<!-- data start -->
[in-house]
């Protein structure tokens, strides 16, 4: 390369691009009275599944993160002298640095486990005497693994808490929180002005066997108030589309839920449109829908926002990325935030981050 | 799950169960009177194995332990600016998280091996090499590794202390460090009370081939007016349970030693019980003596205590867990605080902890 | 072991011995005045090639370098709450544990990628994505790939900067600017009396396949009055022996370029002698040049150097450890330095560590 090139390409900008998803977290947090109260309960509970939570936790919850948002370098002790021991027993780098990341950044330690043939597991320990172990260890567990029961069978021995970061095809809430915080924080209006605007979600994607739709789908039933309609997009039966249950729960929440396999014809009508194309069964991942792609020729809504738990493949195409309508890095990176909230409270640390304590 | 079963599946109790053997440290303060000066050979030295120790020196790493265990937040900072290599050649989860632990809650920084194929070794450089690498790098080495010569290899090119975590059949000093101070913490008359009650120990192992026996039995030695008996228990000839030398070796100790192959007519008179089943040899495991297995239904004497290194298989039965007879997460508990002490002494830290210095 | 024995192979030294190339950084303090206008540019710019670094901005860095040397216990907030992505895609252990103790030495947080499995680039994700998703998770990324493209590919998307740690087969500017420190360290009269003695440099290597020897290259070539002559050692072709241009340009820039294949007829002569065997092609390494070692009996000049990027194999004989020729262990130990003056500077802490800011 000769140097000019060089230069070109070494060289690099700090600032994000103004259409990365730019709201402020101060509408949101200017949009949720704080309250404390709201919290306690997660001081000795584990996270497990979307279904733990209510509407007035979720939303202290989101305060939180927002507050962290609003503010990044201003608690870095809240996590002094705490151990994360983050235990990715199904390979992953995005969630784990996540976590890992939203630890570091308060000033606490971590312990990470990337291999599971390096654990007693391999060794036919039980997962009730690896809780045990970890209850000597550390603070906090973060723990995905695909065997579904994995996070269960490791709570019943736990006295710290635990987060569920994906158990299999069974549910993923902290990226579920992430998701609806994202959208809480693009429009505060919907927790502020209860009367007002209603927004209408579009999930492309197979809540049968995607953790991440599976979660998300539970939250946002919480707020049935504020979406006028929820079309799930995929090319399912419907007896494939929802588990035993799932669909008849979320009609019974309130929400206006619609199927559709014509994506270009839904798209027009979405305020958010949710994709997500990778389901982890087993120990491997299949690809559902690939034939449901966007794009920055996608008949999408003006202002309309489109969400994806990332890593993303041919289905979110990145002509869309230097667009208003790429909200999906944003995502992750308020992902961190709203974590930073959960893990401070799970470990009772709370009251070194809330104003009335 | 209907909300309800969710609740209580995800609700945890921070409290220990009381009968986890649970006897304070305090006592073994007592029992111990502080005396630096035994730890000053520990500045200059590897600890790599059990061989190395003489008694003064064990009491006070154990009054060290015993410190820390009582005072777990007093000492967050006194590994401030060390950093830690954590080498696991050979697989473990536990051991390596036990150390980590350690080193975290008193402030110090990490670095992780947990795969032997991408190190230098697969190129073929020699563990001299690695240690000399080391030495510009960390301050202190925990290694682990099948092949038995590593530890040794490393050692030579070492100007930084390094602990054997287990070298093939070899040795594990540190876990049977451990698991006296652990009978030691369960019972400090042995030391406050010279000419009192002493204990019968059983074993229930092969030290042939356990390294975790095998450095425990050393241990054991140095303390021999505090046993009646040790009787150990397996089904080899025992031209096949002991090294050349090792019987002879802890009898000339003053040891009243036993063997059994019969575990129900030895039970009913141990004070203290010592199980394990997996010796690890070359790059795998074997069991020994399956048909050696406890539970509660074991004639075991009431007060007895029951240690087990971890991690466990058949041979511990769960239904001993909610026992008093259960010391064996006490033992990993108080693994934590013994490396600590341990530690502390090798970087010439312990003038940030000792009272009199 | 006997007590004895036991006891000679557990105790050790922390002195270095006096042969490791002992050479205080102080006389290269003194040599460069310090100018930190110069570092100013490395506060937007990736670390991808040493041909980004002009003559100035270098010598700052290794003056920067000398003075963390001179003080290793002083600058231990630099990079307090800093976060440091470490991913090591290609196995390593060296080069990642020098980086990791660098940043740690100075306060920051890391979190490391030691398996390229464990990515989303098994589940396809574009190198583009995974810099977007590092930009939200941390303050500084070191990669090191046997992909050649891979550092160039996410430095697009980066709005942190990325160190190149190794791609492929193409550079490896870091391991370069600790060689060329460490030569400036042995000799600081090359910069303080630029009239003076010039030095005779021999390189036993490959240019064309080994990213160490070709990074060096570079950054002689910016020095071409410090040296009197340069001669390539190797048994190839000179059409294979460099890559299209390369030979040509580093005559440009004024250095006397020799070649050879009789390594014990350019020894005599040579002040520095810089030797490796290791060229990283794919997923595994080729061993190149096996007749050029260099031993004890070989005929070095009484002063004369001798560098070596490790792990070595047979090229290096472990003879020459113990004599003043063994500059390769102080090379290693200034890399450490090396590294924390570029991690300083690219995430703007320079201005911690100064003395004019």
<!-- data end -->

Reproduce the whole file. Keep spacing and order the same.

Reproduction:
[in-house]
């Protein structure tokens, strides 16, 4: 390369691009009275599944993160002298640095486990005497693994808490929180002005066997108030589309839920449109829908926002990325935030981050 | 799950169960009177194995332990600016998280091996090499590794202390460090009370081939007016349970030693019980003596205590867990605080902890 | 072991011995005045090639370098709450544990990628994505790939900067600017009396396949009055022996370029002698040049150097450890330095560590 090139390409900008998803977290947090109260309960509970939570936790919850948002370098002790021991027993780098990341950044330690043939597991320990172990260890567990029961069978021995970061095809809430915080924080209006605007979600994607739709789908039933309609997009039966249950729960929440396999014809009508194309069964991942792609020729809504738990493949195409309508890095990176909230409270640390304590 | 079963599946109790053997440290303060000066050979030295120790020196790493265990937040900072290599050649989860632990809650920084194929070794450089690498790098080495010569290899090119975590059949000093101070913490008359009650120990192992026996039995030695008996228990000839030398070796100790192959007519008179089943040899495991297995239904004497290194298989039965007879997460508990002490002494830290210095 | 024995192979030294190339950084303090206008540019710019670094901005860095040397216990907030992505895609252990103790030495947080499995680039994700998703998770990324493209590919998307740690087969500017420190360290009269003695440099290597020897290259070539002559050692072709241009340009820039294949007829002569065997092609390494070692009996000049990027194999004989020729262990130990003056500077802490800011 000769140097000019060089230069070109070494060289690099700090600032994000103004259409990365730019709201402020101060509408949101200017949009949720704080309250404390709201919290306690997660001081000795584990996270497990979307279904733990209510509407007035979720939303202290989101305060939180927002507050962290609003503010990044201003608690870095809240996590002094705490151990994360983050235990990715199904390979992953995005969630784990996540976590890992939203630890570091308060000033606490971590312990990470990337291999599971390096654990007693391999060794036919039980997962009730690896809780045990970890209850000597550390603070906090973060723990995905695909065997579904994995996070269960490791709570019943736990006295710290635990987060569920994906158990299999069974549910993923902290990226579920992430998701609806994202959208809480693009429009505060919907927790502020209860009367007002209603927004209408579009999930492309197979809540049968995607953790991440599976979660998300539970939250946002919480707020049935504020979406006028929820079309799930995929090319399912419907007896494939929802588990035993799932669909008849979320009609019974309130929400206006619609199927559709014509994506270009839904798209027009979405305020958010949710994709997500990778389901982890087993120990491997299949690809559902690939034939449901966007794009920055996608008949999408003006202002309309489109969400994806990332890593993303041919289905979110990145002509869309230097667009208003790429909200999906944003995502992750308020992902961190709203974590930073959960893990401070799970470990009772709370009251070194809330104003009335 | 209907909300309800969710609740209580995800609700945890921070409290220990009381009968986890649970006897304070305090006592073994007592029992111990502080005396630096035994730890000053520990500045200059590897600890790599059990061989190395003489008694003064064990009491006070154990009054060290015993410190820390009582005072777990007093000492967050006194590994401030060390950093830690954590080498696991050979697989473990536990051991390596036990150390980590350690080193975290008193402030110090990490670095992780947990795969032997991408190190230098697969190129073929020699563990001299690695240690000399080391030495510009960390301050202190925990290694682990099948092949038995590593530890040794490393050692030579070492100007930084390094602990054997287990070298093939070899040795594990540190876990049977451990698991006296652990009978030691369960019972400090042995030391406050010279000419009192002493204990019968059983074993229930092969030290042939356990390294975790095998450095425990050393241990054991140095303390021999505090046993009646040790009787150990397996089904080899025992031209096949002991090294050349090792019987002879802890009898000339003053040891009243036993063997059994019969575990129900030895039970009913141990004070203290010592199980394990997996010796690890070359790059795998074997069991020994399956048909050696406890539970509660074991004639075991009431007060007895029951240690087990971890991690466990058949041979511990769960239904001993909610026992008093259960010391064996006490033992990993108080693994934590013994490396600590341990530690502390090798970087010439312990003038940030000792009272009199 | 006997007590004895036991006891000679557990105790050790922390002195270095006096042969490791002992050479205080102080006389290269003194040599460069310090100018930190110069570092100013490395506060937007990736670390991808040493041909980004002009003559100035270098010598700052290794003056920067000398003075963390001179003080290793002083600058231990630099990079307090800093976060440091470490991913090591290609196995390593060296080069990642020098980086990791660098940043740690100075306060920051890391979190490391030691398996390229464990990515989303098994589940396809574009190198583009995974810099977007590092930009939200941390303050500084070191990669090191046997992909050649891979550092160039996410430095697009980066709005942190990325160190190149190794791609492929193409550079490896870091391991370069600790060689060329460490030569400036042995000799600081090359910069303080630029009239003076010039030095005779021999390189036993490959240019064309080994990213160490070709990074060096570079950054002689910016020095071409410090040296009197340069001669390539190797048994190839000179059409294979460099890559299209390369030979040509580093005559440009004024250095006397020799070649050879009789390594014990350019020894005599040579002040520095810089030797490796290791060229990283794919997923595994080729061993190149096996007749050029260099031993004890070989005929070095009484002063004369001798560098070596490790792990070595047979090229290096472990003879020459113990004599003043063994500059390769102080090379290693200034890399450490090396590294924390570029991690300083690219995430703007320079201005911690100064003395004019």